How do the working dynamics work as a duo?

Basically, there are no separated tasks: both of us do everything. We share the camera and, as we use digital equipments, when one of us is shooting, the other one is looking at the results in a monitor simultaneously and contributing with ideas. We complement each other just fine because we are different and we cover different aspects of the job together.

What are the main differences between the work you do in Argentina and those abroad?

They are completely different markets in the full sense of the word, both in the working method and the results. The Argentinean market looks for a more commercial or known result whereas the European aims to explore a dialogue with creative, artistic and new features.

There are a lot of talented, capable and creative people in Argentina, but there is still a long way to give professional status to the field. In addition to this, there’s a lack of greater understanding of the role of the photographer, of the importance of generating the propitious conditions to make good pictures, and of what is implied in his work in order to fully respect it. A common phrase that we say when we are facing a market with low economic resources but high pretensions is “we are photographers, not magicians”.


Val & Musso
Photograph from “La casa” (The house) series, for Pablo Ramírez’s Spring-Summer 2014.

Luciana Val & Franco Musso

Enchanting spectators

Magia Negra (Black Magic) is the name of an exhibition that took place in Rosario and Buenos Aires and was organised by the Osde Foundation. It showed a long-time collaboration between clothing designer Pablo Ramírez and the photographers. Their “allegiance” dates back to late 1990’s. Consequently, seventy-eight photographs, six illustrations, forty-five garments and a short film were the total pieces showed. The purpose was to establish a dialogue between fashion and photography, as a way of expressing modern culture developments.

The exhibit was named after French writer Paul Morand’s book, Magie Noire (which was inspired by African culture). And according to the press release: “These creators are inspired by the past, building a dialogue between clothing and the spaces in which they are contained. Their creations form an ensemble of illustrations that shape a narration –as a kind of subtle manifesto-, in which they support the exaltation of a classic and unsettling beauty”.

How was the process of putting together Magia Negra?

It was a year and a half of intense work, but a real pleasant one! The truth is that we enjoy a lot working with Pablo, who is inspiring. He is absolutely talented and passionate for what he does and commits fully to what he believes. We really admire him a lot!

And to start with, the staging had to be made from scratch for both spaces (in Buenos Aires and Rosario). This is actually something we loved; since we are accustomed to do our own art direction and scenography.

On the other hand, we formed a team of five magicians! We became real magicians in this case. Apart from us and Pablo, there was Gonzalo Barbadillo (Pablo’s partner) and María Laura Carrascal (the exposition’s curator). Undoubtedly, a collaboration that will bear fruits in the future!

Lastly, whenever we talk about this, we wouldn’t want to leave unmentioned the team dedicated to art spaces at Osde Foundation, where Magia Negra was held: María Teresa Constantin, Betina Carbonari, Janina Aragno and the rest of the girls, without whose support and dedication the exhibition wouldn’t have been possible.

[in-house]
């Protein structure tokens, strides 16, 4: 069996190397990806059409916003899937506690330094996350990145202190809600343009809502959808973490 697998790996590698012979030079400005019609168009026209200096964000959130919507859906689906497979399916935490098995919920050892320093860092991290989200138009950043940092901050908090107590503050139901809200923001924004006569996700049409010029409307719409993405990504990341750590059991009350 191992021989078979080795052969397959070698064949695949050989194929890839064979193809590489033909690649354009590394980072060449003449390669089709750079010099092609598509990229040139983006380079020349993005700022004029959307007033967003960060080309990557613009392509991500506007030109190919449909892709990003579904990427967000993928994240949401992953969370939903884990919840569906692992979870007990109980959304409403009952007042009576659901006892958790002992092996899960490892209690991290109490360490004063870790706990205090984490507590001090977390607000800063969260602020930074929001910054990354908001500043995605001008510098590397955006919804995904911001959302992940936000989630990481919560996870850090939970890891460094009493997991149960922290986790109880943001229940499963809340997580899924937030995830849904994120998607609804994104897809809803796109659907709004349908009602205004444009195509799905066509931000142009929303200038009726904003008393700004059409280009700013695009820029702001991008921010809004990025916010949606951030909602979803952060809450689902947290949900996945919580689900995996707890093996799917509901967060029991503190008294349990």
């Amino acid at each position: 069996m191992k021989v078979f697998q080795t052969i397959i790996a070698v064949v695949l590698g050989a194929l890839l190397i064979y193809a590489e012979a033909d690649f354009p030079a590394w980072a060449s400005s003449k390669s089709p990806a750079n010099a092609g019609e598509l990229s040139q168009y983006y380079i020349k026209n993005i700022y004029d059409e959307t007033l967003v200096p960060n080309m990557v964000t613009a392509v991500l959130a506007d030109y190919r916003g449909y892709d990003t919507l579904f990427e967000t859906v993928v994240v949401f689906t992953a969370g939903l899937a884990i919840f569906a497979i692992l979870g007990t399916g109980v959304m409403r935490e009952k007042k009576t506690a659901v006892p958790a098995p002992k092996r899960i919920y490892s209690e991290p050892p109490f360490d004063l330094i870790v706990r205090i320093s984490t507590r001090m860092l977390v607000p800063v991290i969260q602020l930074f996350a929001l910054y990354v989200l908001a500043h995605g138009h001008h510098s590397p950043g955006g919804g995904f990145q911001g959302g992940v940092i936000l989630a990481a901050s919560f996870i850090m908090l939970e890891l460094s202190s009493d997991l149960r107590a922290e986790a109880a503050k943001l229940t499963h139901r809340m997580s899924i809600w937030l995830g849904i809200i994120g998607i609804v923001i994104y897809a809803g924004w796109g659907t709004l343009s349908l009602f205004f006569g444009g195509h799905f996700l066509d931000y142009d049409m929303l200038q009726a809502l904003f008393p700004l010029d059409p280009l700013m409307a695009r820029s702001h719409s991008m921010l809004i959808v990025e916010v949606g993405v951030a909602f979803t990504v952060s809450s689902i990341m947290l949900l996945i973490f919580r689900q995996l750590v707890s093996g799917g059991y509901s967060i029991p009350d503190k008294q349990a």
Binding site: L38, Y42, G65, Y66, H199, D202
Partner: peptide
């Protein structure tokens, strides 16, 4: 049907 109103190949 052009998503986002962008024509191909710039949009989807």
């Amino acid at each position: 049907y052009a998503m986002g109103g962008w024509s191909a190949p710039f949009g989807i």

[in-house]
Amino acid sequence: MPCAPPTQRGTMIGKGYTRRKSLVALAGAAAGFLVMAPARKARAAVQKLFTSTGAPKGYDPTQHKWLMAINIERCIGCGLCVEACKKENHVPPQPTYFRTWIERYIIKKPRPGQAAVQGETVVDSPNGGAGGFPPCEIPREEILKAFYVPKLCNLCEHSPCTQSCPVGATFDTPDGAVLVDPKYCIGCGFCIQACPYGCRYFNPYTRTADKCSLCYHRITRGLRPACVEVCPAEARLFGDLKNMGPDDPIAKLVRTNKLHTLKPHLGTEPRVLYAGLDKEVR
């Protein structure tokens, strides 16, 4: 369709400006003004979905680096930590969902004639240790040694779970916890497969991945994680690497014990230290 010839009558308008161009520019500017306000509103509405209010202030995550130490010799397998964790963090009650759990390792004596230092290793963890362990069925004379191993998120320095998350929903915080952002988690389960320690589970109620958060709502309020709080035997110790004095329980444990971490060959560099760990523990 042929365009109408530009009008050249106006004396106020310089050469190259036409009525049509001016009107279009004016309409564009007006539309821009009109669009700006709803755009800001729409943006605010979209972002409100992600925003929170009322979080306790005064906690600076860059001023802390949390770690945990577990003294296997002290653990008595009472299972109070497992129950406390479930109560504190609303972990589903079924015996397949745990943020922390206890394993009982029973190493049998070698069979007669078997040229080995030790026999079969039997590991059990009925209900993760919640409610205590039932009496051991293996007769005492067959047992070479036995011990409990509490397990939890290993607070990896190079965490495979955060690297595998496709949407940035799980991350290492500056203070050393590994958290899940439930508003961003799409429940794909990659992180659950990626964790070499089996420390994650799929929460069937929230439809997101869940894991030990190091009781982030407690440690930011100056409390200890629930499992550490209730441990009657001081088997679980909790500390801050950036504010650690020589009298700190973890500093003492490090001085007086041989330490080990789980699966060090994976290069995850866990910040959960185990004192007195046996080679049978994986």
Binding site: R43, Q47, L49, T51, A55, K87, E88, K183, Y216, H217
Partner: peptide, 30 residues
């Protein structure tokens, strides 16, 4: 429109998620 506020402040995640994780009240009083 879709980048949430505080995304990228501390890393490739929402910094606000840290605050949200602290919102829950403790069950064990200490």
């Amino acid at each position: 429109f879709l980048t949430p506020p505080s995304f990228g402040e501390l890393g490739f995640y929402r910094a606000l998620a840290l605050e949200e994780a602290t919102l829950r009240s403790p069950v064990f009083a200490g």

There was an incredible dialogue between Ramírez’s pieces and your images. How did you manage to create such connection?

It happened magically since our first job with Pablo. We have so many things in common, we are really alike and this is reflected in each other’s work. Then, the relationship evolved over the years. For instance, when someone proposes an idea, it is really easy for the rest of us to visualise it in the same way. And, in addition to all of this, we also share values and objectives.

How do you work with Ramírez? Do you have some kind of mechanics, being a frequent collaboration?

Yes, we need less and less time whenever we have to make a new series of photographs. We just talk about it and it goes from there. Actually, we are thinking about experimenting with telepathy soon!

What are you planning for the rest of 2016?

We have just got back from Paris, where we shot an institutional campaign for Lancôme. We also renovated our campaign for the city’s airport for two more years. In addition to this, we are finishing Mishka’s first perfume campaign, and making the campaign for Kenzo Takada’s collaboration with Avon. Besides, we’re working on Ramírez’s new campaign and in pictures that will be published in two books. Finally, in a few weeks we will be leaving to New York for a new job which we can’t reveal yet.

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    Fashion editorial for Barzón Magazine in Argentina. Credit: Luciana Val and Franco Musso

  • Val & Musso

    Portrait of Argentinean model Mica Argarañaz, taken for a Harper’s Bazaar fashion editorial. Credit: Luciana Val and Franco Musso

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    Image from Pablo Ramírez’s campaign for Autumn-Winter 2015. Credit: Luciana Val and Franco Musso

  • Val & Musso

    One of the pictures from Pablo Ramírez’s campaign for Spring-Summer 2016, called Bailemos (Let’s dance). Credit: Luciana Val and Franco Musso

  • Val & Musso

    One of the pictures from Pablo Ramírez’s campaign for Spring-Summer 2016, called Bailemos (Let’s dance). Credit: Luciana Val and Franco Musso